5. Pregnancy
    About half of all pregnant women suffer with constipation. As a baby grows, it puts pressure on the digestive tract. Hormonal changes from pregnancy and taking iron supplements also contribute. The best remedy is to get plenty of fiber, fluids and exercise. Avoid laxatives. They can stimulate uterine contractions. You may want to try fiber supplements instead, but check with your doctor before taking any supplements
  • Elderly Caucasian man looking thoughtfully out window
    6. Your Age
    Older adults are about five times more likely to have trouble going than younger adults. The reasons are many, but being less active is a big one. That's especially true for someone who's had a long period of bed rest. Some older people eat less because of a drop in appetite. They also may depend more on processed, easy-to-prepare foods. Seniors, on average, take more prescription medications, many of which can contribute to constipation. Ask your doctor or pharmacist to review your current meds if constipation is becoming a problem. And older people may also drink less to avoid nighttime trips to the bathroom. To avoid constipation, older people generally need more fluids, more fiber, and more activity.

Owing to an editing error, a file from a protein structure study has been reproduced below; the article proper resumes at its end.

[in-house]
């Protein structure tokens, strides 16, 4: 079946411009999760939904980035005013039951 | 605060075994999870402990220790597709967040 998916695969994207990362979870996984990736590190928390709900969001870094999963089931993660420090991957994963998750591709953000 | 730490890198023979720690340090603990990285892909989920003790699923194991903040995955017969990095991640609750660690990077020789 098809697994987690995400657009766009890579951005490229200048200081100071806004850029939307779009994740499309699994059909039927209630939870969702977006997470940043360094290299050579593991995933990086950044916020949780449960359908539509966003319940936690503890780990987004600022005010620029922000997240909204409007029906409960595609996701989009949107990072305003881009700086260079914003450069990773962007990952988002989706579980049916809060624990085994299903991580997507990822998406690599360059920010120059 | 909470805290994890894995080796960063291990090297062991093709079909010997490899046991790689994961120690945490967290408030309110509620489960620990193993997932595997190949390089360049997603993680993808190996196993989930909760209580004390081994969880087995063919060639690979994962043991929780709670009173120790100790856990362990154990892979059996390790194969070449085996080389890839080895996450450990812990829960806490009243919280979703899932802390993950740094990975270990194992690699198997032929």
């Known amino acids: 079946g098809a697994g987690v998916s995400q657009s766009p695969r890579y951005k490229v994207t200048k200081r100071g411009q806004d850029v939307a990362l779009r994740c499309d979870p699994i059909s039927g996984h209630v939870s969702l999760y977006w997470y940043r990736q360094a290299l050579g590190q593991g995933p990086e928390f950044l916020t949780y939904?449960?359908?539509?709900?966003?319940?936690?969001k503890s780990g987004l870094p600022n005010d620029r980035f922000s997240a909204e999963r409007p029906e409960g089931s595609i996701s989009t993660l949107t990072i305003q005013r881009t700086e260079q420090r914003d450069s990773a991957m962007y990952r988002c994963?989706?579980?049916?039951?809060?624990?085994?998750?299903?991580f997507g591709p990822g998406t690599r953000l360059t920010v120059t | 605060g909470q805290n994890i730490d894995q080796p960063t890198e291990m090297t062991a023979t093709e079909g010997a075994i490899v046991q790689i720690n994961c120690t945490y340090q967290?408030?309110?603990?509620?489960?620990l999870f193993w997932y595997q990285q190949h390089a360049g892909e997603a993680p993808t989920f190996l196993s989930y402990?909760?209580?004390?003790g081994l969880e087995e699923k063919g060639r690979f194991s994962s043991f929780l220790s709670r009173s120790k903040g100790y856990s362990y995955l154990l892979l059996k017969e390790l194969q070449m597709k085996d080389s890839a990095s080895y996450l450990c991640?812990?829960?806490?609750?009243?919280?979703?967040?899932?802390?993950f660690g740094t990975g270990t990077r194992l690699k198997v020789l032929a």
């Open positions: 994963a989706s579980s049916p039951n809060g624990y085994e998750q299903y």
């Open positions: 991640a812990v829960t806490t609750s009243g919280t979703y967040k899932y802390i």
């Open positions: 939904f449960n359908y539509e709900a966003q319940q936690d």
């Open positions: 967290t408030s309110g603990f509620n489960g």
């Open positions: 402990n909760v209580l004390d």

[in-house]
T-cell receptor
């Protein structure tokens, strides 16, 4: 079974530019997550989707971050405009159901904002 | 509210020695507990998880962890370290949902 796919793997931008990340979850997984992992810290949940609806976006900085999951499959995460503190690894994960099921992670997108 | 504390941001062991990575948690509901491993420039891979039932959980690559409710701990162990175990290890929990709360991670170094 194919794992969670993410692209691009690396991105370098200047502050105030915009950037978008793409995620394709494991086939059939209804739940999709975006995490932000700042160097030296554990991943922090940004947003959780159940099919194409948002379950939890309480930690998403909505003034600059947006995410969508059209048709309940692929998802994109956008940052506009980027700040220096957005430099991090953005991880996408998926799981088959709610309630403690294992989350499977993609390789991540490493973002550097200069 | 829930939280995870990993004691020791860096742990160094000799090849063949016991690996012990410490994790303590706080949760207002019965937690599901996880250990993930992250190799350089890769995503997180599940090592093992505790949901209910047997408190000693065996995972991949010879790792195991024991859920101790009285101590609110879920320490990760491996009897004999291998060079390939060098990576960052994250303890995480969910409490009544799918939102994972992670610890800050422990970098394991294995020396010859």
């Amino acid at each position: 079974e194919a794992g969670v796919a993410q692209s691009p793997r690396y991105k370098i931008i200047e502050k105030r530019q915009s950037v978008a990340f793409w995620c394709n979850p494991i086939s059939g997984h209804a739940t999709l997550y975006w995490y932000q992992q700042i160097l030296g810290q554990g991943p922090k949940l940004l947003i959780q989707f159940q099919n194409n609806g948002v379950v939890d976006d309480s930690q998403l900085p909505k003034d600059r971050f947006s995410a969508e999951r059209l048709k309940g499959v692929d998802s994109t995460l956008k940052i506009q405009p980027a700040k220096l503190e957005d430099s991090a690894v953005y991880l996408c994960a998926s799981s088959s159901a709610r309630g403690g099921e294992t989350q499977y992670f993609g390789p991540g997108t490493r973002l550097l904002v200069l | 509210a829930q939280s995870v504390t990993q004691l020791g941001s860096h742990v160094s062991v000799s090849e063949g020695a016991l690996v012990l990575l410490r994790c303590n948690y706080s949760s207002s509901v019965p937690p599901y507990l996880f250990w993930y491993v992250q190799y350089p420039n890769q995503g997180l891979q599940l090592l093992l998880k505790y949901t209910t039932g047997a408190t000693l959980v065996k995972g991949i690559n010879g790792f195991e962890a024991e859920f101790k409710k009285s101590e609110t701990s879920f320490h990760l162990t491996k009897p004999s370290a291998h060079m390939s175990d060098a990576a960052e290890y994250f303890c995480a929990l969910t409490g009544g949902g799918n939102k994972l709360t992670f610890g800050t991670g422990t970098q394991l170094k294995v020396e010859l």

• Young woman sitting on the couch with stomach upset
    7. Irritable Bowel Syndrome (IBS)
    IBS is a common condition. As many as 15% of Americans have it. Abdominal pain and diarrhea are among the symptoms, but constipation can be a major symptom of IBS, too. If you have these symptoms at least three times a month for at least three months, ask you doctor if IBS might be involved. Then, if you do have IBS, work with your doctor to learn how to overcome it. Find out what foods to avoid and what lifestyle changes to make.
  • Close-up of Caucasian woman taking pill with glass of water
    8. Medication
    If you often have trouble going, review all the drugs you take with your doctor. Certain over-the-counter medicines, prescription drugs, and supplements are common causes of constipation. For example, antacids can cause it, and so can iron supplements. Prescription drugs that commonly cause this problem include certain medications for pain, depression, Parkinson’s disease, heart disease, and high blood pressure. 
  • Doctor consulting with patient
    9. Mechanics
    Let your doctor know if you take laxatives for more than three weeks or if you often have less than three bowel movements a week. Constipation can be a warning sign of a more serious problem. This includes nervous system diseases like Parkinson’s disease or multiple sclerosis. A growth or other conditions narrowing your colon also could be a cause. So, be safe and have your doctor check to see if anything is wrong. 
9 Causes of Constipation | Digestive Health
  1. Constipation. American Society of Colon & Rectal Surgeons, Oct 2012,
  2. Irritable Bowel Syndrome. American Academy of Family Physicians.
  3. Pregnancy and Constipation. American Pregnancy Association.
  4. Understanding Constipation. American Gastrological Association.

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Last Review Date: 2020 Sep 1